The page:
Newly graduated Gripen technicians

Since 2004, close to 250 non-Swedish flight technicians have been graduated after completing a Gripen technical course at the Swedish Armed Forces Technical School (FMTS) in Halmstad, Sweden. Now, a further 20 Hungarians have successfully passed the course, including the first Hungarian female Gripen technician.

Image: The first Hungarian female Gripen technician has now graduated. Photo: Sven-Olof Willhöft, Swedish Armed Forces.

Image: The first Hungarian female Gripen technician has now graduated.
Photo: Sven-Olof Willhöft, Swedish Armed Forces

“You have all performed extremely well and I hope that you all feel confident in your own abilities as Gripen technicians,” said Lieutenant Colonel Ulf Crona, deputy head of FMTS in his graduation speech to the students.

“This has been an extremely good and useful course. The balance between theory and practice works very well, and the concept is really good for learning about a modern fighter system,” says Attila Tirol, one of the students who attended this year's course. He has 12 years’ experience as a flight technician, which includes the Russian MiG 29, which was decommissioned in Hungary at the end of last year.

“It was really surprising to see the new technology in the Gripen fighter, the hangers and classroom. There is a huge difference between the technology in the MiG 29 and the modern Gripen,” says Attila Tirol.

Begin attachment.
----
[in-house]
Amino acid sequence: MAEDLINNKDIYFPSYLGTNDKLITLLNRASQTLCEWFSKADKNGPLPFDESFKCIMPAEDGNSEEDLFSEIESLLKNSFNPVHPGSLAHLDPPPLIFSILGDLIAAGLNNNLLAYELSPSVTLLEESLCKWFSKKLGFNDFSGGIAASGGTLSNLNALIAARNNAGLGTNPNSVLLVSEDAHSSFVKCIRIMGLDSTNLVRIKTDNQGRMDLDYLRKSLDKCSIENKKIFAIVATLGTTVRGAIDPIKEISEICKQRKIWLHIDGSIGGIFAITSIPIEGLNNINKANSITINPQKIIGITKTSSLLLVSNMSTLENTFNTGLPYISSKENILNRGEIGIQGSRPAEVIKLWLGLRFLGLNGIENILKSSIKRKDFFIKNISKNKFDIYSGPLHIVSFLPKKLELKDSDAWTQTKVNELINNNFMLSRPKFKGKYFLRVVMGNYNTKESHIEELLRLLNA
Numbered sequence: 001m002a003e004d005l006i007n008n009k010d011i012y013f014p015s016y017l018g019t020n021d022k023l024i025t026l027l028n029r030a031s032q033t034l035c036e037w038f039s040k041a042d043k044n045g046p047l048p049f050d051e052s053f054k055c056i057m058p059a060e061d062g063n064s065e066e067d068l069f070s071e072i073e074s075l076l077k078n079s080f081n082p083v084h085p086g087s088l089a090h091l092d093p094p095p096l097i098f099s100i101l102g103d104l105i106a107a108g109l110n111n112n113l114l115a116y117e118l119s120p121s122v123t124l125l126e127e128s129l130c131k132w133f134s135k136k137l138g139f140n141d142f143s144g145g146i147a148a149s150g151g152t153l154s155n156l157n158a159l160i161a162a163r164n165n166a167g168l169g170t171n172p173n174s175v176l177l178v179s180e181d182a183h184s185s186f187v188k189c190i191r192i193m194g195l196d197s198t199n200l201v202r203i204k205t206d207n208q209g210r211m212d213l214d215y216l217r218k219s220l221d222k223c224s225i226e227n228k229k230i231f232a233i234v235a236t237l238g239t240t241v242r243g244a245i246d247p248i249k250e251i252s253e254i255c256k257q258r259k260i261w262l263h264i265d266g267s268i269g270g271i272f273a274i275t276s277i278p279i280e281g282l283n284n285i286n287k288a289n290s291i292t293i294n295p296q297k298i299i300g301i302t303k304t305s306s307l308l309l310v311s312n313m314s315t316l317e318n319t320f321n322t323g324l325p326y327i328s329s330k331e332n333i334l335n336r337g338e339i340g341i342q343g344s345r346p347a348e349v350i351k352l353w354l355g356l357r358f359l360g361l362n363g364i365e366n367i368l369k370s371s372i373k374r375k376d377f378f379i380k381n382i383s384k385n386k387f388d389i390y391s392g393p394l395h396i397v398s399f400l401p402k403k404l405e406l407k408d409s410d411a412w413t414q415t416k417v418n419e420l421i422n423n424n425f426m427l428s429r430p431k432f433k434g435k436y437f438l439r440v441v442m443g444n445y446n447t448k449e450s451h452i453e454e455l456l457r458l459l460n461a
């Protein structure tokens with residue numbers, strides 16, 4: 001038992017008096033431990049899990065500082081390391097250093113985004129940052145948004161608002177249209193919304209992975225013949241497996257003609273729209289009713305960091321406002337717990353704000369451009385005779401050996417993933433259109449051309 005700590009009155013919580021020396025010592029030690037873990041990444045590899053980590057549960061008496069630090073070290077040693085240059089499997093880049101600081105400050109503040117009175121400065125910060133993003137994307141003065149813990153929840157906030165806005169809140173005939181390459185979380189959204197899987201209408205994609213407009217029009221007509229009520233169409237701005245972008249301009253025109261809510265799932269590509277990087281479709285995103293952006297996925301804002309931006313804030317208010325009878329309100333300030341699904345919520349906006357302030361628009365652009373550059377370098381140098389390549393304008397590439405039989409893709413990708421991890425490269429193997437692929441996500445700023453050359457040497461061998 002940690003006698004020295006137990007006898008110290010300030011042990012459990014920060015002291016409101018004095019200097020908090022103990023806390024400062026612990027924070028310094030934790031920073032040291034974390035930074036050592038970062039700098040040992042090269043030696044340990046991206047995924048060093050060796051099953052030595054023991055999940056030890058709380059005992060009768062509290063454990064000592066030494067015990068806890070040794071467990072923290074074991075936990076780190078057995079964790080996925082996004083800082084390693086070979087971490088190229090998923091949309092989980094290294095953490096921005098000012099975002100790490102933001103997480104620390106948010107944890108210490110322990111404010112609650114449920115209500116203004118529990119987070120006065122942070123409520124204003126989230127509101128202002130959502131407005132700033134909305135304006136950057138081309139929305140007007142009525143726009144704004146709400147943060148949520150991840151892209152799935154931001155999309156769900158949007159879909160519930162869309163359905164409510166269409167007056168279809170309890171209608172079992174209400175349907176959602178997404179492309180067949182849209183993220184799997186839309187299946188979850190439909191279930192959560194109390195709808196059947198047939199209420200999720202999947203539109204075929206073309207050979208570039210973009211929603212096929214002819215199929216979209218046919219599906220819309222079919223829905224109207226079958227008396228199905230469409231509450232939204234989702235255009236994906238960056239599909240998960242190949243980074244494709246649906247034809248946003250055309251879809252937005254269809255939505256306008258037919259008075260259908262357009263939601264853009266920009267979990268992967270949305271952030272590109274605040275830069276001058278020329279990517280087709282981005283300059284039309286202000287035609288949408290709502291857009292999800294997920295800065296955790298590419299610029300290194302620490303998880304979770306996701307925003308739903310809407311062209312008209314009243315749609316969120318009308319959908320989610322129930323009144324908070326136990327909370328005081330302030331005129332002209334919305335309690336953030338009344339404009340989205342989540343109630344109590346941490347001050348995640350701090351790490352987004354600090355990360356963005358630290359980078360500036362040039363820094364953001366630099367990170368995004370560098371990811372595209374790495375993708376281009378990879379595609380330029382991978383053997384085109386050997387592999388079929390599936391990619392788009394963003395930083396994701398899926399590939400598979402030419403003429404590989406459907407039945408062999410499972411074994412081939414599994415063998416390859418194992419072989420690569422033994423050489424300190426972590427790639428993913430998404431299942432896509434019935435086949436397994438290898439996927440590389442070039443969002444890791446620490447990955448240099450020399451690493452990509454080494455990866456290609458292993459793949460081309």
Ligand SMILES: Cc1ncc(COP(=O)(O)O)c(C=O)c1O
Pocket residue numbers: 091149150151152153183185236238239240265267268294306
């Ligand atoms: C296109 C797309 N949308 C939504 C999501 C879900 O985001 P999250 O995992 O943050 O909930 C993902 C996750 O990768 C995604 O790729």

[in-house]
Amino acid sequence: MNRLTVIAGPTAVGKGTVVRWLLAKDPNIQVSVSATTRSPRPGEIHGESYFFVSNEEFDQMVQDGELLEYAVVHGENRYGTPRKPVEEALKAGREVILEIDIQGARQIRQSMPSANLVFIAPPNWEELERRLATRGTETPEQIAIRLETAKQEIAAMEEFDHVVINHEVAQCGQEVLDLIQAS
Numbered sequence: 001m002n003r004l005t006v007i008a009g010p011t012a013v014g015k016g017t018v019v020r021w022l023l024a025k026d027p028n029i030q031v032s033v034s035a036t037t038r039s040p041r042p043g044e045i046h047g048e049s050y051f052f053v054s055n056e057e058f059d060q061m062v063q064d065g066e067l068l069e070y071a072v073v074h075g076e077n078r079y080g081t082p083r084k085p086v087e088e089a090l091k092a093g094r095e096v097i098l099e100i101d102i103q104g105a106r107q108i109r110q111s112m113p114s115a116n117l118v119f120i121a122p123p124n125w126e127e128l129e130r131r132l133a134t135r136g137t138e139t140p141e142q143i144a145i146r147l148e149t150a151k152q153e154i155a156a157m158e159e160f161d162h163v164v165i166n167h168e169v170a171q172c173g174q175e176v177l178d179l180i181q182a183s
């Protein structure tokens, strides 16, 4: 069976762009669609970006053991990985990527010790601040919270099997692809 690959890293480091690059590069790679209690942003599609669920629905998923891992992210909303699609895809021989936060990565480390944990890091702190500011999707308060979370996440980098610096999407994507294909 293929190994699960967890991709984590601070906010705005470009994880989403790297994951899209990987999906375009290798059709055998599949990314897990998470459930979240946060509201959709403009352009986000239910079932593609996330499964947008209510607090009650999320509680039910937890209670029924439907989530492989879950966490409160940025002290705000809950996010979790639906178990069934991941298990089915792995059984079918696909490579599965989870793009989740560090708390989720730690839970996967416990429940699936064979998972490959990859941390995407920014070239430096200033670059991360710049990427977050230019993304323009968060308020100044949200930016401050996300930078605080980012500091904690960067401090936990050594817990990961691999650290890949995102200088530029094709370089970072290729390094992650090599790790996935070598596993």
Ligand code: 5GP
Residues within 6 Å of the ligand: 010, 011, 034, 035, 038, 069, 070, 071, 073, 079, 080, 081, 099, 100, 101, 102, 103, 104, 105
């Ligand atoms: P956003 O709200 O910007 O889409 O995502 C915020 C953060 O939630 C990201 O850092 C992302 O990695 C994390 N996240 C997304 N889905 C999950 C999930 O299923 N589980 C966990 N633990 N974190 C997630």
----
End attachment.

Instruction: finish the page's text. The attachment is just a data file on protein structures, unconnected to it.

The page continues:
In many countries it is customary for flight technicians to specialise in weapons technology or electronic systems, for example. For the Gripen system, you are trained as a "unit technician", in other words one who can work with the entire system.

 

Image: “This has been an extremely good and useful course,” says Attila Tirol, one of the students who attended this year's course. Photo: Sven-Olof Willhöft, Swedish Armed Forces

Image: “This has been an extremely good and useful course,” says Attila Tirol, one of the students who attended this year's course.
Photo: Sven-Olof Willhöft, Swedish Armed Forces

A step on the way

The course lasted 18 weeks. A further six months of on-the-job-training (OJT) now await at the Kecskemét airbase back home in Hungary, where the 14 Hungarian Gripen fighters are based. 110 Hungarian flight technicians have been trained in Sweden since 2005. The country has been successful in developing its own technical competence regarding the Gripen system, and there are now just a handful of Swedish flight technicians remaining in Hungary as support.

There is a new course planned for 20 Hungarian flight technicians in 2013, but the instructors at FMTS cannot rest until then. This autumn, they are expecting new shorter courses for Czechs and Hungarians.

Attila Tirol and his course colleagues are leaving Sweden with a positive experience of the country, especially the people he has met:

“Swedes are very nice, and they are always happy,” he says.

 
Based on a text by Charlotte Pettersson, Swedish Armed Forces www.forsvarsmakten.se